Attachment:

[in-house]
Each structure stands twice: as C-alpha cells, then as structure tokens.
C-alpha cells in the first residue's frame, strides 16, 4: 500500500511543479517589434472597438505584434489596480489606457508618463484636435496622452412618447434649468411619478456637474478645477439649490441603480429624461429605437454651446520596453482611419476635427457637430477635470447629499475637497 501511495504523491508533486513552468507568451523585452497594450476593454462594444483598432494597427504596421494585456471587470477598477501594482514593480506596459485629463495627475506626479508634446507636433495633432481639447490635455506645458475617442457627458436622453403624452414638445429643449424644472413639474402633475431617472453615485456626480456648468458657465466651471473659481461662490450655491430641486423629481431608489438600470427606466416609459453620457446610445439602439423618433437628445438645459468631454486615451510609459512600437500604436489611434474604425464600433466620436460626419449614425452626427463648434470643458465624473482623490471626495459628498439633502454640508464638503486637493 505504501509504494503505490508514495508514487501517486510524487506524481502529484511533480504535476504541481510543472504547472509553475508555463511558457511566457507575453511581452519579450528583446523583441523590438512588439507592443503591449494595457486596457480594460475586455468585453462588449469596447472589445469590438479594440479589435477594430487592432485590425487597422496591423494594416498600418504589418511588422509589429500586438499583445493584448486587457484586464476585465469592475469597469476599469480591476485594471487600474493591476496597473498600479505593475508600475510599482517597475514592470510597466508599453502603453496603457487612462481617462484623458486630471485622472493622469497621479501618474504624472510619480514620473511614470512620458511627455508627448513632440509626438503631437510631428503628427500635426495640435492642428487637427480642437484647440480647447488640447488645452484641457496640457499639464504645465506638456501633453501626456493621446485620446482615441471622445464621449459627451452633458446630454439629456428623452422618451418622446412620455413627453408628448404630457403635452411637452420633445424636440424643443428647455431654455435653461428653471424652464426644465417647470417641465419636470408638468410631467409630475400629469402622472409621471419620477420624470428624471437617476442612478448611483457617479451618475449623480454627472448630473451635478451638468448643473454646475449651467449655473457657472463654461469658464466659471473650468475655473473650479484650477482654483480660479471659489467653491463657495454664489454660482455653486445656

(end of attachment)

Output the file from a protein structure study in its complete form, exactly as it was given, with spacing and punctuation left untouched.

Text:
[in-house]
Each structure stands twice: as C-alpha cells, then as structure tokens.
C-alpha cells in the first residue's frame, strides 16, 4: 500500500511543479517589434472597438505584434489596480489606457508618463484636435496622452412618447434649468411619478456637474478645477439649490441603480429624461429605437454651446520596453482611419476635427457637430477635470447629499475637497 501511495504523491508533486513552468507568451523585452497594450476593454462594444483598432494597427504596421494585456471587470477598477501594482514593480506596459485629463495627475506626479508634446507636433495633432481639447490635455506645458475617442457627458436622453403624452414638445429643449424644472413639474402633475431617472453615485456626480456648468458657465466651471473659481461662490450655491430641486423629481431608489438600470427606466416609459453620457446610445439602439423618433437628445438645459468631454486615451510609459512600437500604436489611434474604425464600433466620436460626419449614425452626427463648434470643458465624473482623490471626495459628498439633502454640508464638503486637493 505504501509504494503505490508514495508514487501517486510524487506524481502529484511533480504535476504541481510543472504547472509553475508555463511558457511566457507575453511581452519579450528583446523583441523590438512588439507592443503591449494595457486596457480594460475586455468585453462588449469596447472589445469590438479594440479589435477594430487592432485590425487597422496591423494594416498600418504589418511588422509589429500586438499583445493584448486587457484586464476585465469592475469597469476599469480591476485594471487600474493591476496597473498600479505593475508600475510599482517597475514592470510597466508599453502603453496603457487612462481617462484623458486630471485622472493622469497621479501618474504624472510619480514620473511614470512620458511627455508627448513632440509626438503631437510631428503628427500635426495640435492642428487637427480642437484647440480647447488640447488645452484641457496640457499639464504645465506638456501633453501626456493621446485620446482615441471622445464621449459627451452633458446630454439629456428623452422618451418622446412620455413627453408628448404630457403635452411637452420633445424636440424643443428647455431654455435653461428653471424652464426644465417647470417641465419636470408638468410631467409630475400629469402622472409621471419620477420624470428624471437617476442612478448611483457617479451618475449623480454627472448630473451635478451638468448643473454646475449651467449655473457657472463654461469658464466659471473650468475655473473650479484650477482654483480660479471659489467653491463657495454664489454660482455653486445656